Around day 74 the project changed for me. I would say that at that point I had figured out how to generate somewhat entertaining content. The interplay between text and graphics started to click. But I felt that I had more to give. People told me that they got a lot out of the comics, even more than I thought I’d put into it. They said I was making great points; that they were learning something. That floored me. I never meant the comics to be educational. But if humor helps make ideas more accessible then why not use it? This idea got me excited and I typed up an article with first thoughts on it.
Since I posted the Data Humorism article I started to experiment more with humor as a tool. Based on what I have seen, I’m now advocating that humor should be front and center during the creation process. I’m still struggling to turn my intuitive understanding into words, but being a researcher by training, I will continue exploring this and sharing what I learn in the process.
Let’s talk about what’s next
When it started to sink in that 100 days had come to an end I took some time to figure out what I wanted to do next. The answer I came up with was quite simple, but again, surprised me: I want to keep doing this. It’s fun. There is room to grow, and the occasional response of “I love the comics, never stop doing them” is fuel for my latent narcissism.
When I started the project I didn’t really think about the setup. I focused on the creative challenge and the content generation process. I didn’t think about how it would affect people that already follow me Twitter. Many of them were supportive, but not everybody that likes to keep up to date with what I’m doing wants a daily update. So: time to experiment.
Let me finish this article by introducing some ideas:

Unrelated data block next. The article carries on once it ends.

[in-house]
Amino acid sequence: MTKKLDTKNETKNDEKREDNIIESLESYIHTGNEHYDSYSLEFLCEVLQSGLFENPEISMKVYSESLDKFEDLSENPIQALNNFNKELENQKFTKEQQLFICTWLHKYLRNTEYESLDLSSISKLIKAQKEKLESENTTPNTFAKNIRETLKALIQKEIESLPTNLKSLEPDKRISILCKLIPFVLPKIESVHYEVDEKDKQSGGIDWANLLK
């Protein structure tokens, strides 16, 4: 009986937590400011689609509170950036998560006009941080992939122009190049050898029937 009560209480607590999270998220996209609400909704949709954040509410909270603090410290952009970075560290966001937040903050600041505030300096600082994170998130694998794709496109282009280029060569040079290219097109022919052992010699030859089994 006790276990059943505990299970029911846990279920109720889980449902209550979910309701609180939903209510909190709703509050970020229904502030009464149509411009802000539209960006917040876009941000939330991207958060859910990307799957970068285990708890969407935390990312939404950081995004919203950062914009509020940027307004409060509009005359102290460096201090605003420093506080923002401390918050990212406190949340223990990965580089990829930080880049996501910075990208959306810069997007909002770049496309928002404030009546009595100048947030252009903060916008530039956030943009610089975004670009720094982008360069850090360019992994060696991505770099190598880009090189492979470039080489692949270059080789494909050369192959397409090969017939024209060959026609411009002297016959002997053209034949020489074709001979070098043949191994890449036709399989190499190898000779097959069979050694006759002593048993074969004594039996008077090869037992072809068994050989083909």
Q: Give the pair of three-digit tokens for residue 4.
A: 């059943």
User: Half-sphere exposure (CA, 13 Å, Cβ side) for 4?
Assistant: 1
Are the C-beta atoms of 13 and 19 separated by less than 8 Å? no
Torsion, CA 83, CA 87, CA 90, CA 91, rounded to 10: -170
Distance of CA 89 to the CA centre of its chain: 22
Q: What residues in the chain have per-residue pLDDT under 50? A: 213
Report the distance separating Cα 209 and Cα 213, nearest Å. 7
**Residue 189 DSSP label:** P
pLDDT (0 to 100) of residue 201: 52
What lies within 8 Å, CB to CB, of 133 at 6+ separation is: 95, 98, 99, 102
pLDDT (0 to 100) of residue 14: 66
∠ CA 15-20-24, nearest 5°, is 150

- I will share my new dataviz comics on a dedicated Twitter account (datahumorism). I’ll keep talking about dataviz on my account, but it will be more balanced with other projects I am working on. I am tempted to give weekly recaps a try.
- Feedback to the Data Visualization Comics article got me thinking. With the daily comics, I lead the charge for funny in dataviz. In its wake, people far more talented than I am are getting more (well deserved!) recognition for their work. I want to do more of that. I’ll use the new account to not only get my work out but to curate funny work others have done.
- My Twitter/Instagram experience made me curious to experiment with other platforms. I created a webpage and a Facebook page. I will start sharing content there as well. I guess it will take me a bit to figure out the mindset that comes with conversations in different spaces — but hey, I love the climb.
- I am starting to develop sub-projects of varying length to see if I can’t get folks to jump in. Just to tease, the most mature idea has the code name “DataViz Playoffs”.
- I am missing some merit badges in my collection. Long-form writing and comics with story plots and story arcs are among them. I’m tempted to try to collect one of these badges in the next year.
- I got teasing by friends that doing comics is easy, but speaking in front of a crowd is hard. Yeah, not buying it. I did presentations, press interviews, and TV edutainment clips as part of a former job. So if you are in the market for somebody that can entertain a crowd let me know.
Sounds ambitious? Well, some of the ideas are still fresh so they might still sound easy to do. If you have strong views on some of them and want to share them with me, please reach out. Both cheers and “hold on buddy” are very welcome. And with that I am ready to say: Break is over. Let’s get back to it. And let’s have some fun!
PS. I pasted below comics 50–100 for your entertainment. If you want to see all of them on Twitter, follow this link.
I’d like to thank the DVS editorial team, for making sure this article is halfway readable.